The deductible you choose on your collision and comprehensive car insurance policies affects your premiums. A lower deductible correlates to more significant monthly premiums, while higher deductibles mean lessened premium costs. For many consumers, the middle ground of $500 seems to strike a nice balance.

How does car insurance deductible work?

Unlike health insurance, which has a per-year deductible, a car insurance deductible applies on a claim by claim basis. 

Say you're in a traffic accident, and your vehicle sustains damage totaling more than $10,000. Let's also pretend your collision deductible is $500.

Though your car insurance coverage comes to the rescue, covering the bulk of the cost of repairs, first, you'll have to pay them upfront for your $500 deductible. So your insurance company ends up paying $9,500, while your out-of-pocket expense stands at $500. 

Similarly, what if a hail storm leaves your car covered in dents that require extensive bodywork to restore it to its original condition?

Maybe the body shop charges around $5,000 to smooth things out and make your vehicle look like it just left the factory. Again, your insurance company will require a deductible payment before paying out benefits. If you're deductible payment's $500, you still receive substantial financial assistance of $4,500.

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Additional details of a car insurance deductible

In certain situations, you may not have to pay any deductible at all.

In a collision with an at-fault driver where your vehicle sustains damage, you can file a claim through their insurance coverage and receive reimbursement, with no deductible required. Or, in the same situation, you can still file a claim through your insurance company, which will then seek reimbursement from the other driver's carrier. However, if both parties share fault, you might have to pay some or all of your deductible.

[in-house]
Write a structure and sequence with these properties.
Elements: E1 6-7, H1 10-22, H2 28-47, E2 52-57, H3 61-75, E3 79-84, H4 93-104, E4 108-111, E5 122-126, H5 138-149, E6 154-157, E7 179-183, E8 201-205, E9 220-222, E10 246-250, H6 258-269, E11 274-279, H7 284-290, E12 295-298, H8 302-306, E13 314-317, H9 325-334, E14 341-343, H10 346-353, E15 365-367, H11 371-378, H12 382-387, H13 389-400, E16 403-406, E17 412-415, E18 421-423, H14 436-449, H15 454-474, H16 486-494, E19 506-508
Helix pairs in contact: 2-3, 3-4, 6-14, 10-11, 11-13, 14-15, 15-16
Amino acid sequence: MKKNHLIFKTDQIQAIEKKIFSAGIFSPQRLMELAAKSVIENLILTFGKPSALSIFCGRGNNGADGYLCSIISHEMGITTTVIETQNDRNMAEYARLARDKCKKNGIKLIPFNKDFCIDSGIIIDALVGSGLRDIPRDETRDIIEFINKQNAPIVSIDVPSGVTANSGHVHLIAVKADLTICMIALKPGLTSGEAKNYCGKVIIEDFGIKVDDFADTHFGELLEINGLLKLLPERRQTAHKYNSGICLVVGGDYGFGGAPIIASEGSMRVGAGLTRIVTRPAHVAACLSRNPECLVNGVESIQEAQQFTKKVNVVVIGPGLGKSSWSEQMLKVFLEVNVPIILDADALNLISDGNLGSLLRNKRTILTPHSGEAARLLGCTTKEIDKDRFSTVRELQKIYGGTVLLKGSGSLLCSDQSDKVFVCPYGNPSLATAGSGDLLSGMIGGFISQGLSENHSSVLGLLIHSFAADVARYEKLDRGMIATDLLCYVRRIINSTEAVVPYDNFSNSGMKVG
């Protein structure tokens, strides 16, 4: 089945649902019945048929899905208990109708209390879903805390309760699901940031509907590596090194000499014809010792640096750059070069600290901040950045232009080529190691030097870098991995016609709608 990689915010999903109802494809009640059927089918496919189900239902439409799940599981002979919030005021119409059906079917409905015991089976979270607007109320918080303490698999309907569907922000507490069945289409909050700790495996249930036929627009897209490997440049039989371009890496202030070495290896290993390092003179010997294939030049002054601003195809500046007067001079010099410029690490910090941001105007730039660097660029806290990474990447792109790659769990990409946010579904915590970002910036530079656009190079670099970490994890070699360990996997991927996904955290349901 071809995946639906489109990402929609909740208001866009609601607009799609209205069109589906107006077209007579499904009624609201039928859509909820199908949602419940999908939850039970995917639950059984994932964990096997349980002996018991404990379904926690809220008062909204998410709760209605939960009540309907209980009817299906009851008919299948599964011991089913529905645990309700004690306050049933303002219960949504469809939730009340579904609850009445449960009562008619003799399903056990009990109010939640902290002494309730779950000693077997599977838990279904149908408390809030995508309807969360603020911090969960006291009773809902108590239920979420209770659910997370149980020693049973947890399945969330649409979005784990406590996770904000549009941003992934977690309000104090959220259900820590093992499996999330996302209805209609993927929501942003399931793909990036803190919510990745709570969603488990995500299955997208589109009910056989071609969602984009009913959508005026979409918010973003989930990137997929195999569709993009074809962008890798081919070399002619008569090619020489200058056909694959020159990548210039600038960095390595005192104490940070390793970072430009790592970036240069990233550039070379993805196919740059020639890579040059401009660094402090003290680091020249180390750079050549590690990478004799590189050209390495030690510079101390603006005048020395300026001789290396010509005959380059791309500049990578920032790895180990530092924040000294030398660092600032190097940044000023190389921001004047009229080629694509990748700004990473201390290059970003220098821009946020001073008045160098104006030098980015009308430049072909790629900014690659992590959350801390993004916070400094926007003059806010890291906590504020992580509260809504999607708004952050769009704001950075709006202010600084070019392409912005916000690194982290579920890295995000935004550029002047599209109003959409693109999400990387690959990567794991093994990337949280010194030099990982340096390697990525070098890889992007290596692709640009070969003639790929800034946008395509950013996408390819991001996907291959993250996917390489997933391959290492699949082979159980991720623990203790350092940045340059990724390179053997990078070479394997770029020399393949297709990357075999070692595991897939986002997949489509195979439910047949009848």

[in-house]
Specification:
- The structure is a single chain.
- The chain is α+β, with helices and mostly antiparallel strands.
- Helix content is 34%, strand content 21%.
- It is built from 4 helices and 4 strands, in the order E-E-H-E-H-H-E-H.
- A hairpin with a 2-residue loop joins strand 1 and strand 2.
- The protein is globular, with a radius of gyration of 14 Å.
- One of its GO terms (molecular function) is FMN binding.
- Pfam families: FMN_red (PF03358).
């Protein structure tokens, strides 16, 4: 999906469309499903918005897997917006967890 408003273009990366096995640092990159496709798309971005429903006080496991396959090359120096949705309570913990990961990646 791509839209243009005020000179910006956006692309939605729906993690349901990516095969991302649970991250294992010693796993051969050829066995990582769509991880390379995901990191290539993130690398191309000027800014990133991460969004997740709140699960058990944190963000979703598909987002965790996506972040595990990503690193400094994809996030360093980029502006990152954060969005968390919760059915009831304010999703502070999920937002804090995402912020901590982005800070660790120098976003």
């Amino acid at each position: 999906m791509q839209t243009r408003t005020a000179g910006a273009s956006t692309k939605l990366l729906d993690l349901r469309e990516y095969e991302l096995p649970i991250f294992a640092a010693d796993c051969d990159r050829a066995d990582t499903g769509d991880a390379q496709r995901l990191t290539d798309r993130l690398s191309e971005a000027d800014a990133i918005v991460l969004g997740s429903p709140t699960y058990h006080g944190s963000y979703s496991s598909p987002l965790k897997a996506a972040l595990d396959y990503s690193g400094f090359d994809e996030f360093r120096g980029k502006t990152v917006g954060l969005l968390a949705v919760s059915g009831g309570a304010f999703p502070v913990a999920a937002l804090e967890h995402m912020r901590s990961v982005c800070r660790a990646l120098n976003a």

Certain insurance companies offer a "disappearing deductible" that goes lower and lower with each period that passes with no claims or violations. You can even end up with a $0 deductible after enough time passes. But after you file a claim, your deductible resets to its original amount. 

Depending on which state you live in, your insurance carrier might offer no-deductible claims on glass repairs. If you have the Progressive deductible waiver, your deductible might be zero if your windshield can be repaired rather than replaced. 

The liability insurance of your car insurance coverage doesn't have a deductible. So if someone files a claim against your liability coverage, you'll owe nothing out of pocket.

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Car insurance deductible in summary

Your auto insurance provides valuable protection against the costs resulting from an accident or other events like theft or weather damage. 

But before you receive monetary assistance, first, you have to pay a deductible. Your car insurance deductible goes into effect when you file a claim under your collision or comprehensive coverage and reimburses you for costs above that, up to your coverage limits. 

Remember, while high deductibles mean lower premiums, low deductibles lessen your insurance rates.

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Shift Editorial Team